Group photo at the military macaw reserve on the final day in Mexico.

What did you learn about yourself through this trip?

I really learned how much more capable I am than I have ever given myself credit for. I was really nervous to take my first trip out of the country with a large group of practically strangers. I was nervous to leave home and at moments regretted my choice to go, but once in Mexico, I realized how great it is to put myself out of my comfort zone and do things that I perceive at first as scary. This trip put me in places and experiences that I would have never done alone due to fear of messing up or other nerves. I learned through this trip how adaptable and capable I am of learning and trying new things. An example of this would be riding a horse up the mountain. I would have never chosen to do that independently and would have opted out for the harder hike up instead. When thrown into the situation, I had to get over my nerves and ride the horse. It ended up being really fun, and I did good. There were other things that happened similar to this that gave me a feeling of accomplishment when I completed them, but ultimately this trip showed me how capable I am and that the biggest barrier to new experiences and opportunities is myself. So I believe this trip taught me to be more courageous and to try new things because life’s too short to not make the most of it!

Riding horses up to the Cerro Pelon butterfly sanctuary. 

Were you surprised by anything during your time abroad?

Honestly, I was amazed about how mountainous Mexico was. I guess I never looked at one of the topography globes enough, but the mountain ranges were insane. We were at elevations and mountain tops double the highest mountains I’ve been to in North Carolina. It was honestly shocking, and I continued to be amazed by the mountains my entire trip. The mountain ranges in Macheros (where Cerro Pelon is) really reminded me of my home in the mountains. It was refreshing because it was familiar but also made me a little bit homesick. Even the mountains at the coast really shocked me. North Carolina’s coast is obviously extremely flat but there were huge mountains right around the edge of the bay at Puerto Vallarta. I spent a majority of my plane rides watching the mountain ranges and the forests. I was also surprised by the whale activity and getting to see them breach! I was actually the only student to see the whales breach and it was so surprising and amazing. It was really cool to learn about their life history and why they have the behaviors they do.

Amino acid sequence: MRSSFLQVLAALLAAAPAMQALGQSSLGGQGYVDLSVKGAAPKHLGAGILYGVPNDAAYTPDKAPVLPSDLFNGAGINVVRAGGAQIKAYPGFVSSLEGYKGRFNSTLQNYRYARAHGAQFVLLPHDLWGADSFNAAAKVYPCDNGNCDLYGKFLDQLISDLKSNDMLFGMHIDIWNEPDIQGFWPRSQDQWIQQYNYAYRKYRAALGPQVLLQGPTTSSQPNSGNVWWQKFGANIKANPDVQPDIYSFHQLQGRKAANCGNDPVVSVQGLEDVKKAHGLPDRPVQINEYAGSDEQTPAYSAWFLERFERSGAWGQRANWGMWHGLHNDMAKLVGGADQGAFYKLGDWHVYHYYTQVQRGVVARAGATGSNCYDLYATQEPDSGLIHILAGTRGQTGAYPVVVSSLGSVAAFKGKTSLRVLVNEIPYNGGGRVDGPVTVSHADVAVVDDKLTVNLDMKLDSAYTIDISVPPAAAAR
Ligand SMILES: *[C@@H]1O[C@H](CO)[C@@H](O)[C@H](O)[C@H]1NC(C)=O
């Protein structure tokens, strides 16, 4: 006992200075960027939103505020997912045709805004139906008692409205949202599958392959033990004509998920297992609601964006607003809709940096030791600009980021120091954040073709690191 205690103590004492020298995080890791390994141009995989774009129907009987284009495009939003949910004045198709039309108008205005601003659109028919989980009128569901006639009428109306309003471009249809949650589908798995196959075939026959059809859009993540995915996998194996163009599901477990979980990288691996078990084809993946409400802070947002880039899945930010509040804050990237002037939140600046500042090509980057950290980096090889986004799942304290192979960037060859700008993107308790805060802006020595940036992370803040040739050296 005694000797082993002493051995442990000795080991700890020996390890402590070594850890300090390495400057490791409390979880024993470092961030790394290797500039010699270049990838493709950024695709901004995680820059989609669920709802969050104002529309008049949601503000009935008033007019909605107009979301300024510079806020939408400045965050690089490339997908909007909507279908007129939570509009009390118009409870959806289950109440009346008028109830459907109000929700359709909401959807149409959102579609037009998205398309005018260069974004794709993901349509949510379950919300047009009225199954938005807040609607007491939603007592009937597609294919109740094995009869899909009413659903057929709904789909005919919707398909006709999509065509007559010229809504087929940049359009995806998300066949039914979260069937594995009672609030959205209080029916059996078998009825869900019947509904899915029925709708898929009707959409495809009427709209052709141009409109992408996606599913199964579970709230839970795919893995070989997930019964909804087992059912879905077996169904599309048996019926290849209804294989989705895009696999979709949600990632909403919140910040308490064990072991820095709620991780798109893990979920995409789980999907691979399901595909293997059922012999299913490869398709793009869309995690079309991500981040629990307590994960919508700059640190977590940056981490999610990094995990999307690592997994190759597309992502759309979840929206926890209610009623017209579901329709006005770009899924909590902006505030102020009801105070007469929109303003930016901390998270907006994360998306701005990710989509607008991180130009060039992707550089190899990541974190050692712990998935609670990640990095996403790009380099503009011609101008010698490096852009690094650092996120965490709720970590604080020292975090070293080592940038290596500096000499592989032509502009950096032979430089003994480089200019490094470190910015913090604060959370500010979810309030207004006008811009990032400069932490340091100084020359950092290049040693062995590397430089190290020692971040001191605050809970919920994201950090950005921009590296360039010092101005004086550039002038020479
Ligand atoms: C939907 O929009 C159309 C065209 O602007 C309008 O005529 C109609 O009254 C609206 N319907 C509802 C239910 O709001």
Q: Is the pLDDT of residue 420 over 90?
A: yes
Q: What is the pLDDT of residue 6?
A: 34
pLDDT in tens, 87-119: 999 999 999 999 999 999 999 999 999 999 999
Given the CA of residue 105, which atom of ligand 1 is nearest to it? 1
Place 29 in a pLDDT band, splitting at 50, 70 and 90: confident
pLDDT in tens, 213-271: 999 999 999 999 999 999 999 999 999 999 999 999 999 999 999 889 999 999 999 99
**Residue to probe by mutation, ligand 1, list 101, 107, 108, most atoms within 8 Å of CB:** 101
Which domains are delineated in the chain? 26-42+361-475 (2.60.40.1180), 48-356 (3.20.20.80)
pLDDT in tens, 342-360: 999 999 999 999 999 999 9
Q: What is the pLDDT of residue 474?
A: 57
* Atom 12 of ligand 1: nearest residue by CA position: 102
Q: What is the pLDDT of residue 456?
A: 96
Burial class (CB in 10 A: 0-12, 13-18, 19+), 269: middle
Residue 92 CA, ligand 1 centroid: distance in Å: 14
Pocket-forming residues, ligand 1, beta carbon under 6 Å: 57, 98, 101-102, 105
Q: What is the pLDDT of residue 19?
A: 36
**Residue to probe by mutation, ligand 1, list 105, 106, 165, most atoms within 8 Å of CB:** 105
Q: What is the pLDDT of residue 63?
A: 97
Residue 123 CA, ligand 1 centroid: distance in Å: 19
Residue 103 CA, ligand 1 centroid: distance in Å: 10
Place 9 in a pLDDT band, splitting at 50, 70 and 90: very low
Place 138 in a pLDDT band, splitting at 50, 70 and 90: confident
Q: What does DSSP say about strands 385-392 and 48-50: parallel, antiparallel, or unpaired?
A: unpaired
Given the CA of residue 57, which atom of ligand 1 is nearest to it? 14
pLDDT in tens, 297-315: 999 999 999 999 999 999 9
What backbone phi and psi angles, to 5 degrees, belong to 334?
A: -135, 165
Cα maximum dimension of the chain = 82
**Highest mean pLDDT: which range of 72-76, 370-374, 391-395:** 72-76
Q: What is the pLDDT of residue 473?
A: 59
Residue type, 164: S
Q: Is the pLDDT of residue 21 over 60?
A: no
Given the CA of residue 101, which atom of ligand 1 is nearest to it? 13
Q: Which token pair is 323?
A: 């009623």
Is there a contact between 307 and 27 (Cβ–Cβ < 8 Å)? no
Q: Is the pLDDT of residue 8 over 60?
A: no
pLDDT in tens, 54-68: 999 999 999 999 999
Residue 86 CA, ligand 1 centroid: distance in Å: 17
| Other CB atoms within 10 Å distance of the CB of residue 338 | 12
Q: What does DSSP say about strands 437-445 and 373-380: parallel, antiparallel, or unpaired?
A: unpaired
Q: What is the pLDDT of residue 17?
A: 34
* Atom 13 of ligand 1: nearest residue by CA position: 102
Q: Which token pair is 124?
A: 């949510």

Is there any advice you have for students interested in studying abroad? 

Don’t let fear or nerves knock you out of a once in a lifetime opportunity! Also, there is funding and help available to help you go on these trips, so make the most of your resources and support while you have it in college!

Mountains surrounding Puerto Vallarta bay.